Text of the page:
NATIONAL

Pilot error to blame for crash of Black Eagles jet: Air Force

By Yeo Jun-suk
  • Published : Mar 28, 2018 - 11:43
  • Updated : Mar 28, 2018 - 15:40

Following a monthslong investigation into the crash of an aircraft participating in an international air show in Singapore in February, the Air Force announced Wednesday the accident was caused by a pilot error during preparation for take-off.

According to the Air Force, the pilot from the Black Eagles aerobatic team failed to abide by the emergency procedure when the T-50 Golden Eagle aircraft skidded off the runway at Changi Airport during the 2018 Singapore Airshow on Feb. 6.

The Air Force said there were no defects found in the T-50 aircraft, but that it would work with the manufacturer Korea Aerospace Industries to prevent possible accidents. The T-50 was developed by KAI along with US firm Lockheed Martin. It is used as a trainer jet by the Air Force. 


(Yonhap)

“We concluded that the accident was attributed to the pilot’s failure to observe the procedure for an abnormal situation,” the Air Force said in a statement. “We will educate all pilots about the accident and reestablish relevant procedures.”

The aircraft caught fire after skidding off the runway and crashing into the grass verge at the side of Changi Airport’s Runway 1. The accident left the pilot with a minor injury and caused the Air Force to cancel scheduled performances.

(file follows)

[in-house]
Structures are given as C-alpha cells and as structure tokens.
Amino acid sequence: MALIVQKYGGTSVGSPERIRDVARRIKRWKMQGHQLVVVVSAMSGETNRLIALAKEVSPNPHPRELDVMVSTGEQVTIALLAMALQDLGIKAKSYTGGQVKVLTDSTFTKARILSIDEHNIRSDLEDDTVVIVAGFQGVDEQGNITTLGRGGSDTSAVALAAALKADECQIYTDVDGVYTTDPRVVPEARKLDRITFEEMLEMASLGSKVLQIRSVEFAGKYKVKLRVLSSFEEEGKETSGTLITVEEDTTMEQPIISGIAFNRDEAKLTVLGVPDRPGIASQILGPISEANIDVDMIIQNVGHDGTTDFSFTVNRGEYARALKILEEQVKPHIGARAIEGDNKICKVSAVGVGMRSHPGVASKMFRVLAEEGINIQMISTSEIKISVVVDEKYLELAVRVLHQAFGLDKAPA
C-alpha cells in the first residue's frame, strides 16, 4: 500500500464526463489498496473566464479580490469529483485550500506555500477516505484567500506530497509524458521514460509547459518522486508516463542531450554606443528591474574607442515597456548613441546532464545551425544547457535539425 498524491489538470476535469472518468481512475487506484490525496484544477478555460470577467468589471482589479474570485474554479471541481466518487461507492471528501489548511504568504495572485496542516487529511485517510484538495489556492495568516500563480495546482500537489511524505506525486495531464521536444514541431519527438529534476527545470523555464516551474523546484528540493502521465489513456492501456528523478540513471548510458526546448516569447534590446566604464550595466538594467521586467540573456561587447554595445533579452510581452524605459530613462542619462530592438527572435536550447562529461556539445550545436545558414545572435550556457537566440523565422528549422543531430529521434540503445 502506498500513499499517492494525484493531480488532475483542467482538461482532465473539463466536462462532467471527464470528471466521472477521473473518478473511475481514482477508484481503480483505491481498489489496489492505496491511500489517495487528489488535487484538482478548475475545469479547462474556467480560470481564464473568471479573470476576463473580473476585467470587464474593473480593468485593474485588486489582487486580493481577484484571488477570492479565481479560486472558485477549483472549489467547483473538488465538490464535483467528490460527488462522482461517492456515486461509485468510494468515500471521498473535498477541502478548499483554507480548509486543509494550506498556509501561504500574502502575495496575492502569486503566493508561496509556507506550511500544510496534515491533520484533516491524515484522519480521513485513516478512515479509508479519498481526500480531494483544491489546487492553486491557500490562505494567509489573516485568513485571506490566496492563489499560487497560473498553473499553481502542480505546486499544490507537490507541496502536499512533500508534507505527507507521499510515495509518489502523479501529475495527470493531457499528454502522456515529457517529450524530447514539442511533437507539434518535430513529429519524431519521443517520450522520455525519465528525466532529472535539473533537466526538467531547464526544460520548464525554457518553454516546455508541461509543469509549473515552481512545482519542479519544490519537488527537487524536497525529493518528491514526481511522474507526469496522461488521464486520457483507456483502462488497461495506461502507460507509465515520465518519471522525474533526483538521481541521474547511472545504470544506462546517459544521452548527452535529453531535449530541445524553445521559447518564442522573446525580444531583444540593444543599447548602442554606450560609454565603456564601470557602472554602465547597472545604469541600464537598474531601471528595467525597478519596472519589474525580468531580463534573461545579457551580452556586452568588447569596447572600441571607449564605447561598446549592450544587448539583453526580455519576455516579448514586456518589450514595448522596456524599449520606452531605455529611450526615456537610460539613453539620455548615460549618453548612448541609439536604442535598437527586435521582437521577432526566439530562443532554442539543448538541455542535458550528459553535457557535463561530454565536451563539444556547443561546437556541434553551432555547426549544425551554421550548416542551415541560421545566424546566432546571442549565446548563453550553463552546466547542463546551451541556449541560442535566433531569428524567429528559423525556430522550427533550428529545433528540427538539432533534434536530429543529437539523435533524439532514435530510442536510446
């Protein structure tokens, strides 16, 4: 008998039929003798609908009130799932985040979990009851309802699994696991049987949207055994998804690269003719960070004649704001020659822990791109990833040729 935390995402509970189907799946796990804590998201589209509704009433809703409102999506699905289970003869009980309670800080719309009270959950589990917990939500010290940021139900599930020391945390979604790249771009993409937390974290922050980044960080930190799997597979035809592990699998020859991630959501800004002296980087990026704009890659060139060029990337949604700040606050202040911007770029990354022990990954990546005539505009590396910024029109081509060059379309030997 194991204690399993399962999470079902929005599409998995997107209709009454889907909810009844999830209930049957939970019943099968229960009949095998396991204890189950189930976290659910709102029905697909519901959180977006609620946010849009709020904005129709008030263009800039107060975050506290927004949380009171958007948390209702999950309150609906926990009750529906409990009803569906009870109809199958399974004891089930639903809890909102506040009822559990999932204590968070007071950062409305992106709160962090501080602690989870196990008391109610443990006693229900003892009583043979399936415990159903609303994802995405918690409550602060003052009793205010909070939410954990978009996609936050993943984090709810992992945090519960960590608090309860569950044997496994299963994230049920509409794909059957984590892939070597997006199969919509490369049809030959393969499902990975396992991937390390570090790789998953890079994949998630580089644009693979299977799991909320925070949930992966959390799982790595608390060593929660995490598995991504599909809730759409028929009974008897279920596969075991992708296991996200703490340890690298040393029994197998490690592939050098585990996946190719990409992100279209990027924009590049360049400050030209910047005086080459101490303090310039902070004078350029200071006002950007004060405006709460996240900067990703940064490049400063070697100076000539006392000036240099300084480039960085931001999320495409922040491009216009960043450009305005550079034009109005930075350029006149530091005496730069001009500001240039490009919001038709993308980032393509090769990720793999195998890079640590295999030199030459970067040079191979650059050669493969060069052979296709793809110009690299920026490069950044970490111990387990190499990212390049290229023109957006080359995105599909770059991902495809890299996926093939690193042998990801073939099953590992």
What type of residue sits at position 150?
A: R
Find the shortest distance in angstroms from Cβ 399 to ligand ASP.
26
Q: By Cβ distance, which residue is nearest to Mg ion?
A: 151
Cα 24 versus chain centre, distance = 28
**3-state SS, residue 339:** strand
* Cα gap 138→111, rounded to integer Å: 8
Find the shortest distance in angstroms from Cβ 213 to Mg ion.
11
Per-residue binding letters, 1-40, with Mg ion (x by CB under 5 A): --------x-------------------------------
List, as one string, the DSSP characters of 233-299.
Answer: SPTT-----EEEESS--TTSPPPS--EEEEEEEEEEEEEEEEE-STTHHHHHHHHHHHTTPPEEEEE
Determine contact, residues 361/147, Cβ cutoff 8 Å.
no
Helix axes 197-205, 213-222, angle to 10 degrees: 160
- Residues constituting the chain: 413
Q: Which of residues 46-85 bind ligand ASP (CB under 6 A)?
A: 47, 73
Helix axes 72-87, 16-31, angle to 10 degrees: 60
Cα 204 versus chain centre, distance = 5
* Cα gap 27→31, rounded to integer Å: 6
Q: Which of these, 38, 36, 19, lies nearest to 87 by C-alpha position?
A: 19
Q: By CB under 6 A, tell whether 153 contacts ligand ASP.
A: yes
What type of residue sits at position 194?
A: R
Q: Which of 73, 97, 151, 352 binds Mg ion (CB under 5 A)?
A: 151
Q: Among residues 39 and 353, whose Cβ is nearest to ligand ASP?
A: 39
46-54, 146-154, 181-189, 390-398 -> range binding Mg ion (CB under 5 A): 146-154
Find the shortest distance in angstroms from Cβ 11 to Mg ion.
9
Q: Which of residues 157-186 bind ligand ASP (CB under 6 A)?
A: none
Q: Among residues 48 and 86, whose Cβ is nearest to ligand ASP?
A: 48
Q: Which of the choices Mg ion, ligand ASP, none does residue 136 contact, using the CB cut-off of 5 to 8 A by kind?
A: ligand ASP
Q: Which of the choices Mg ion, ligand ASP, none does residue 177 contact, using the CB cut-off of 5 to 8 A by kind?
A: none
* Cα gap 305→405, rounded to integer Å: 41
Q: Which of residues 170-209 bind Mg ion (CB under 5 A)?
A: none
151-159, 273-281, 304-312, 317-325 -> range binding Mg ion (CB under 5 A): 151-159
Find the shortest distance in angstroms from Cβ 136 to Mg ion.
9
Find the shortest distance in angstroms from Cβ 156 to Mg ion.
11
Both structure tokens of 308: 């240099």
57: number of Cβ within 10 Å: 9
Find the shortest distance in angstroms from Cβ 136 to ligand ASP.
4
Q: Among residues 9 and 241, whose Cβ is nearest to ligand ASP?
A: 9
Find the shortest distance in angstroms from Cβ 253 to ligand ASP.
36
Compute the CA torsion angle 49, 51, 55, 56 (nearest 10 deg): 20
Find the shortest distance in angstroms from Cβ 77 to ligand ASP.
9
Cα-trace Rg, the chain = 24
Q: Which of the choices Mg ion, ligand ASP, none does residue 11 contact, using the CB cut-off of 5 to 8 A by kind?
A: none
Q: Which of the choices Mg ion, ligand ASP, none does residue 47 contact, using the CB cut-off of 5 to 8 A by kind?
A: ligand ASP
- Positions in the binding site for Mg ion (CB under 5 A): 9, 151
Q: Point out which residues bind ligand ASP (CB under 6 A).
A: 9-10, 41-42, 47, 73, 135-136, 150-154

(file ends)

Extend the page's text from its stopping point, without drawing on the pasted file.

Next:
The Air Force explained that the accident occurred when the pilot proceeded with disengaging nose wheel steering -- a system that allows the aircraft to be directed when taxiing for a take-off -- when the aircraft’s nose cone and front wheels were not perfectly aligned, the Air Force said.

The decision caused the aircraft to lean toward the right side and skid off the runaway. Despite his repeated attempts to bring the aircraft under control, the pilot failed to prevent the aircraft from veering off the runway, the Air Force said

“The pilot was supposed to abort the mission in accordance with the established procedure. But the pilot was so eager to fix the problem that he tried repeatedly to bring the aircraft under control,” the Air Force’s statement said.

Following the accident, the Air Force dispatched a 10-member inspection team to Singapore. Air Force vice chief of staff Gen. Lee Sung-yong led the investigation.

By Yeo Jun-suk (jasonyeo@heraldcorp.com)